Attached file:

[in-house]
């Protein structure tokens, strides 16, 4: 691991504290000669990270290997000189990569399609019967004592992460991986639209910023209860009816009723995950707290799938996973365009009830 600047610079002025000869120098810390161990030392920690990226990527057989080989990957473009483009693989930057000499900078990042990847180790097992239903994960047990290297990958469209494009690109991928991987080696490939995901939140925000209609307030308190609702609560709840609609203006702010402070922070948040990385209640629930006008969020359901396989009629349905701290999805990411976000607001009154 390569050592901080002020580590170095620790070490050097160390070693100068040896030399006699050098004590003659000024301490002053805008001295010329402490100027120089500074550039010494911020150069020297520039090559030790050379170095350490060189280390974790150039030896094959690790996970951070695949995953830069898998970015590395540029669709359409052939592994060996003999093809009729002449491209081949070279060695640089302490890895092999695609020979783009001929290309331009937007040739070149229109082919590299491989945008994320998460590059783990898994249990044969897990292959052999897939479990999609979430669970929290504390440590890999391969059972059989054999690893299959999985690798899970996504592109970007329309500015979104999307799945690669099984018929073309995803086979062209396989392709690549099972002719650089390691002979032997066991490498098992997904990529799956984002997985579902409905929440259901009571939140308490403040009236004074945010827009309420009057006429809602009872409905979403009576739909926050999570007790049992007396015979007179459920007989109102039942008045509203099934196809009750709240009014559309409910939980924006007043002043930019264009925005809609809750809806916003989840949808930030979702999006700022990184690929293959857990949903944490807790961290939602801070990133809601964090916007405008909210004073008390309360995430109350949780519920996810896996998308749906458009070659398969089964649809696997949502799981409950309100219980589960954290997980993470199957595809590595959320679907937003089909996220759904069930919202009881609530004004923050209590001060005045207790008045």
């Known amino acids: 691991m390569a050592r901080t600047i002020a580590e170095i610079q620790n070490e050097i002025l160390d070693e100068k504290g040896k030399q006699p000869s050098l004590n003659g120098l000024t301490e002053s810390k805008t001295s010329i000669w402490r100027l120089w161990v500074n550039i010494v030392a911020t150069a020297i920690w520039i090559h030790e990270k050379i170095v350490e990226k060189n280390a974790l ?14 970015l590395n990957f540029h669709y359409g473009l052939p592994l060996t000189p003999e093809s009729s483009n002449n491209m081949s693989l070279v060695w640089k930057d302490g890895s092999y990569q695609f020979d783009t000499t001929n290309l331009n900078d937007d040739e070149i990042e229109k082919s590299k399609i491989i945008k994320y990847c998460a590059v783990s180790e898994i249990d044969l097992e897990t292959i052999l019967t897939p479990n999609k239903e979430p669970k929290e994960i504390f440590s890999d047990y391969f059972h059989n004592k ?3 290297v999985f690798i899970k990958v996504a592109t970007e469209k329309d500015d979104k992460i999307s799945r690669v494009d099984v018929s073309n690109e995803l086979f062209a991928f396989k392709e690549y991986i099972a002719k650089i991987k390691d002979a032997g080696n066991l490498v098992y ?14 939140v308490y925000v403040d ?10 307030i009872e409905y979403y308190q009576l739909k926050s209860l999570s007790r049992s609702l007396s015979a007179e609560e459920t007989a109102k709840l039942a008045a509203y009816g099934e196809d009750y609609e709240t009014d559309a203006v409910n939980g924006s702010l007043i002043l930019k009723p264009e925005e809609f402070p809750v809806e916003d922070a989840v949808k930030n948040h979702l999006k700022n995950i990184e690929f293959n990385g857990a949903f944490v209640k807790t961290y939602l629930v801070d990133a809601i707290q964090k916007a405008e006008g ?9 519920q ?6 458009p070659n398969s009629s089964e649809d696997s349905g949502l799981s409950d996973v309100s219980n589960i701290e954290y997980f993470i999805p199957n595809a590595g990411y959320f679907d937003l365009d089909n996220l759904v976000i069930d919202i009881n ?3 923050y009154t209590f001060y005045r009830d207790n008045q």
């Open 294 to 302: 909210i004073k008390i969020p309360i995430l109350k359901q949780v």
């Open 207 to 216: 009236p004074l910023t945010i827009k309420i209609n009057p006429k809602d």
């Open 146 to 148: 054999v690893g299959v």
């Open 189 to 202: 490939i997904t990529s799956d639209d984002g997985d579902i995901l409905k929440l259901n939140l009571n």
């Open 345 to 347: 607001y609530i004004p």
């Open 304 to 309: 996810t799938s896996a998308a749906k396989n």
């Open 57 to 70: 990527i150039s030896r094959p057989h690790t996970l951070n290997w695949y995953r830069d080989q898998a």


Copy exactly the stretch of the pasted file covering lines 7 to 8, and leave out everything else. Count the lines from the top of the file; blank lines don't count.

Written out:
């Open 189 to 202: 490939i997904t990529s799956d639209d984002g997985d579902i995901l409905k929440l259901n939140l009571n």
């Open 345 to 347: 607001y609530i004004p």